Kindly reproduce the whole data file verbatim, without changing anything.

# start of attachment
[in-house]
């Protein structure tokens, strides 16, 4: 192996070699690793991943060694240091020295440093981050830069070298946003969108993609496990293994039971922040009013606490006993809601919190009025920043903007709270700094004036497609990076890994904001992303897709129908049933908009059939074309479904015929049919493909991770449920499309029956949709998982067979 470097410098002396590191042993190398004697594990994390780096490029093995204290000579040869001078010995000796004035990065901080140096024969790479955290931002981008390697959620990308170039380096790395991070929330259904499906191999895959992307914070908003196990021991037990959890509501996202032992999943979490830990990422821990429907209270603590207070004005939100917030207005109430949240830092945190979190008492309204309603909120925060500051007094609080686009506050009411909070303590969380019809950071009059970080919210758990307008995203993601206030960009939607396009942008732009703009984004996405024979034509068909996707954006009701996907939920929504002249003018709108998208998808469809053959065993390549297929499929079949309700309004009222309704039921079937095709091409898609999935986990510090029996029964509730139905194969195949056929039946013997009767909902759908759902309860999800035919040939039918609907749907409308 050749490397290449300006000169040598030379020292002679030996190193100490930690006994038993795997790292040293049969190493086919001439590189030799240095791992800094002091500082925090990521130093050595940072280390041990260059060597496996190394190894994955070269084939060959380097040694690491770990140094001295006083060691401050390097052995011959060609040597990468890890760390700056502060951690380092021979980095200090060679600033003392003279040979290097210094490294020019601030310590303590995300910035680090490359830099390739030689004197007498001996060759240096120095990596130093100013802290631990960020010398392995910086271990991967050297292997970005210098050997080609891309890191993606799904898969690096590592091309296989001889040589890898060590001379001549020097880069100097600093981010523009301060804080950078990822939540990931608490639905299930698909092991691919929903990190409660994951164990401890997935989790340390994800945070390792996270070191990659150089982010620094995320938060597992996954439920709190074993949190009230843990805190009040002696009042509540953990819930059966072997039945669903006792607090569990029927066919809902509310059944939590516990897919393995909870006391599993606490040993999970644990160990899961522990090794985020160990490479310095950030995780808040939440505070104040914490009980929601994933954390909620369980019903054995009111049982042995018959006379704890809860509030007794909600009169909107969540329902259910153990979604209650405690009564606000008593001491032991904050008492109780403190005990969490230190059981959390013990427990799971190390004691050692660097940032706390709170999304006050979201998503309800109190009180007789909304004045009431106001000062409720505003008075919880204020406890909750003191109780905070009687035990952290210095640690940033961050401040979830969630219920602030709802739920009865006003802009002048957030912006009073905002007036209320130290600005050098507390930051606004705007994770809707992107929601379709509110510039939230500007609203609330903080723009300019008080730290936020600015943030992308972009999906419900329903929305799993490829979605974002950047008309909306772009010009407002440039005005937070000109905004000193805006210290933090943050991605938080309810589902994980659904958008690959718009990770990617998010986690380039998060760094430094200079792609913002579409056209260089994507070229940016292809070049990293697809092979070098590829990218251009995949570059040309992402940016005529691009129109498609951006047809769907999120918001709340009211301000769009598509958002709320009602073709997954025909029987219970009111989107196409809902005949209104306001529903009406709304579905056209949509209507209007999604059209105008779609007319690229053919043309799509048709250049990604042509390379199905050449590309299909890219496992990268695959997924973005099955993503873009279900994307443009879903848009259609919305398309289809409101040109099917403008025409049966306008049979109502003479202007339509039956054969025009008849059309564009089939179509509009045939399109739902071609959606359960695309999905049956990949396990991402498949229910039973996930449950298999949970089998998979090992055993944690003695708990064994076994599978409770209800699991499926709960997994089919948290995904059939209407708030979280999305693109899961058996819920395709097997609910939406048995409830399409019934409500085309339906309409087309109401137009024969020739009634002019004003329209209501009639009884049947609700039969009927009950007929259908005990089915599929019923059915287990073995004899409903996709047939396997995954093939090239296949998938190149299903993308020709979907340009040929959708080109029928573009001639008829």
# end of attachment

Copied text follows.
[in-house]
């Protein structure tokens, strides 16, 4: 192996070699690793991943060694240091020295440093981050830069070298946003969108993609496990293994039971922040009013606490006993809601919190009025920043903007709270700094004036497609990076890994904001992303897709129908049933908009059939074309479904015929049919493909991770449920499309029956949709998982067979 470097410098002396590191042993190398004697594990994390780096490029093995204290000579040869001078010995000796004035990065901080140096024969790479955290931002981008390697959620990308170039380096790395991070929330259904499906191999895959992307914070908003196990021991037990959890509501996202032992999943979490830990990422821990429907209270603590207070004005939100917030207005109430949240830092945190979190008492309204309603909120925060500051007094609080686009506050009411909070303590969380019809950071009059970080919210758990307008995203993601206030960009939607396009942008732009703009984004996405024979034509068909996707954006009701996907939920929504002249003018709108998208998808469809053959065993390549297929499929079949309700309004009222309704039921079937095709091409898609999935986990510090029996029964509730139905194969195949056929039946013997009767909902759908759902309860999800035919040939039918609907749907409308 050749490397290449300006000169040598030379020292002679030996190193100490930690006994038993795997790292040293049969190493086919001439590189030799240095791992800094002091500082925090990521130093050595940072280390041990260059060597496996190394190894994955070269084939060959380097040694690491770990140094001295006083060691401050390097052995011959060609040597990468890890760390700056502060951690380092021979980095200090060679600033003392003279040979290097210094490294020019601030310590303590995300910035680090490359830099390739030689004197007498001996060759240096120095990596130093100013802290631990960020010398392995910086271990991967050297292997970005210098050997080609891309890191993606799904898969690096590592091309296989001889040589890898060590001379001549020097880069100097600093981010523009301060804080950078990822939540990931608490639905299930698909092991691919929903990190409660994951164990401890997935989790340390994800945070390792996270070191990659150089982010620094995320938060597992996954439920709190074993949190009230843990805190009040002696009042509540953990819930059966072997039945669903006792607090569990029927066919809902509310059944939590516990897919393995909870006391599993606490040993999970644990160990899961522990090794985020160990490479310095950030995780808040939440505070104040914490009980929601994933954390909620369980019903054995009111049982042995018959006379704890809860509030007794909600009169909107969540329902259910153990979604209650405690009564606000008593001491032991904050008492109780403190005990969490230190059981959390013990427990799971190390004691050692660097940032706390709170999304006050979201998503309800109190009180007789909304004045009431106001000062409720505003008075919880204020406890909750003191109780905070009687035990952290210095640690940033961050401040979830969630219920602030709802739920009865006003802009002048957030912006009073905002007036209320130290600005050098507390930051606004705007994770809707992107929601379709509110510039939230500007609203609330903080723009300019008080730290936020600015943030992308972009999906419900329903929305799993490829979605974002950047008309909306772009010009407002440039005005937070000109905004000193805006210290933090943050991605938080309810589902994980659904958008690959718009990770990617998010986690380039998060760094430094200079792609913002579409056209260089994507070229940016292809070049990293697809092979070098590829990218251009995949570059040309992402940016005529691009129109498609951006047809769907999120918001709340009211301000769009598509958002709320009602073709997954025909029987219970009111989107196409809902005949209104306001529903009406709304579905056209949509209507209007999604059209105008779609007319690229053919043309799509048709250049990604042509390379199905050449590309299909890219496992990268695959997924973005099955993503873009279900994307443009879903848009259609919305398309289809409101040109099917403008025409049966306008049979109502003479202007339509039956054969025009008849059309564009089939179509509009045939399109739902071609959606359960695309999905049956990949396990991402498949229910039973996930449950298999949970089998998979090992055993944690003695708990064994076994599978409770209800699991499926709960997994089919948290995904059939209407708030979280999305693109899961058996819920395709097997609910939406048995409830399409019934409500085309339906309409087309109401137009024969020739009634002019004003329209209501009639009884049947609700039969009927009950007929259908005990089915599929019923059915287990073995004899409903996709047939396997995954093939090239296949998938190149299903993308020709979907340009040929959708080109029928573009001639008829």